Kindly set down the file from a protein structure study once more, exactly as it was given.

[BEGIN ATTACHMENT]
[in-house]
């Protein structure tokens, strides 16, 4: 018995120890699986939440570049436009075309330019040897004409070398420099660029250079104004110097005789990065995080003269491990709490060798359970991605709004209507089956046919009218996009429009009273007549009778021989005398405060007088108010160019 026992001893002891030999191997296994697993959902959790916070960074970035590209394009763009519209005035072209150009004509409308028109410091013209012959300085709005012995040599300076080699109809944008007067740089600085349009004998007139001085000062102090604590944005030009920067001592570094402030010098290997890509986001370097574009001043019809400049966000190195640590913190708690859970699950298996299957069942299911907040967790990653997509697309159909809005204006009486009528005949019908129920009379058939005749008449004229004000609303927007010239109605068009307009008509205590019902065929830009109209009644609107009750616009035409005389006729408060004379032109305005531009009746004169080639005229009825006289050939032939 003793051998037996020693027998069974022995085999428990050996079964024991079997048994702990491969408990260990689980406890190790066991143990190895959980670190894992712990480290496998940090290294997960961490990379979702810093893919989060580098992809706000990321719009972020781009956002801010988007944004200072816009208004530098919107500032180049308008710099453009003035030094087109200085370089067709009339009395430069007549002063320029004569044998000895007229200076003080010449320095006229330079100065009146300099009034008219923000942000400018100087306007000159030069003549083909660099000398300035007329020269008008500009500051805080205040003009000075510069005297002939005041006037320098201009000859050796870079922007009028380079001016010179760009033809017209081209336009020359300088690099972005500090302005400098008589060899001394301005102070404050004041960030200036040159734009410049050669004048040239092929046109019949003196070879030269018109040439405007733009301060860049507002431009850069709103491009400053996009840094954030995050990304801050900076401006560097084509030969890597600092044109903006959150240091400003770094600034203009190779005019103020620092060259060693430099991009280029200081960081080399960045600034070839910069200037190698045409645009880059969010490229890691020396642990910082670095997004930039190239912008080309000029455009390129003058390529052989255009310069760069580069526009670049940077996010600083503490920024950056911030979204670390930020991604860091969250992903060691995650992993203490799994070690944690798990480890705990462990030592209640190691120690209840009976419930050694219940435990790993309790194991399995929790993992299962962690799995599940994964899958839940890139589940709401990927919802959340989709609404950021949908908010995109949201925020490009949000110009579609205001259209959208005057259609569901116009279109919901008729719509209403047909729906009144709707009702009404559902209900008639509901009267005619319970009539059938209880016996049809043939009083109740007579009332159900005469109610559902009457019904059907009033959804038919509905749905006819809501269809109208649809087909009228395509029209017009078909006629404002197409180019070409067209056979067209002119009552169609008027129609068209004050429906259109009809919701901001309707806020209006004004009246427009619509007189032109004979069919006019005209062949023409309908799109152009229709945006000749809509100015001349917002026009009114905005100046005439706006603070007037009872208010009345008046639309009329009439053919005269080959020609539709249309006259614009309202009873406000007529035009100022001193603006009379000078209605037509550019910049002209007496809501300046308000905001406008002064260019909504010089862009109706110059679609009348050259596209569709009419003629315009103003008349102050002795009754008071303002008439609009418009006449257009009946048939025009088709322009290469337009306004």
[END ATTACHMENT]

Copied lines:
[in-house]
């Protein structure tokens, strides 16, 4: 018995120890699986939440570049436009075309330019040897004409070398420099660029250079104004110097005789990065995080003269491990709490060798359970991605709004209507089956046919009218996009429009009273007549009778021989005398405060007088108010160019 026992001893002891030999191997296994697993959902959790916070960074970035590209394009763009519209005035072209150009004509409308028109410091013209012959300085709005012995040599300076080699109809944008007067740089600085349009004998007139001085000062102090604590944005030009920067001592570094402030010098290997890509986001370097574009001043019809400049966000190195640590913190708690859970699950298996299957069942299911907040967790990653997509697309159909809005204006009486009528005949019908129920009379058939005749008449004229004000609303927007010239109605068009307009008509205590019902065929830009109209009644609107009750616009035409005389006729408060004379032109305005531009009746004169080639005229009825006289050939032939 003793051998037996020693027998069974022995085999428990050996079964024991079997048994702990491969408990260990689980406890190790066991143990190895959980670190894992712990480290496998940090290294997960961490990379979702810093893919989060580098992809706000990321719009972020781009956002801010988007944004200072816009208004530098919107500032180049308008710099453009003035030094087109200085370089067709009339009395430069007549002063320029004569044998000895007229200076003080010449320095006229330079100065009146300099009034008219923000942000400018100087306007000159030069003549083909660099000398300035007329020269008008500009500051805080205040003009000075510069005297002939005041006037320098201009000859050796870079922007009028380079001016010179760009033809017209081209336009020359300088690099972005500090302005400098008589060899001394301005102070404050004041960030200036040159734009410049050669004048040239092929046109019949003196070879030269018109040439405007733009301060860049507002431009850069709103491009400053996009840094954030995050990304801050900076401006560097084509030969890597600092044109903006959150240091400003770094600034203009190779005019103020620092060259060693430099991009280029200081960081080399960045600034070839910069200037190698045409645009880059969010490229890691020396642990910082670095997004930039190239912008080309000029455009390129003058390529052989255009310069760069580069526009670049940077996010600083503490920024950056911030979204670390930020991604860091969250992903060691995650992993203490799994070690944690798990480890705990462990030592209640190691120690209840009976419930050694219940435990790993309790194991399995929790993992299962962690799995599940994964899958839940890139589940709401990927919802959340989709609404950021949908908010995109949201925020490009949000110009579609205001259209959208005057259609569901116009279109919901008729719509209403047909729906009144709707009702009404559902209900008639509901009267005619319970009539059938209880016996049809043939009083109740007579009332159900005469109610559902009457019904059907009033959804038919509905749905006819809501269809109208649809087909009228395509029209017009078909006629404002197409180019070409067209056979067209002119009552169609008027129609068209004050429906259109009809919701901001309707806020209006004004009246427009619509007189032109004979069919006019005209062949023409309908799109152009229709945006000749809509100015001349917002026009009114905005100046005439706006603070007037009872208010009345008046639309009329009439053919005269080959020609539709249309006259614009309202009873406000007529035009100022001193603006009379000078209605037509550019910049002209007496809501300046308000905001406008002064260019909504010089862009109706110059679609009348050259596209569709009419003629315009103003008349102050002795009754008071303002008439609009418009006449257009009946048939025009088709322009290469337009306004």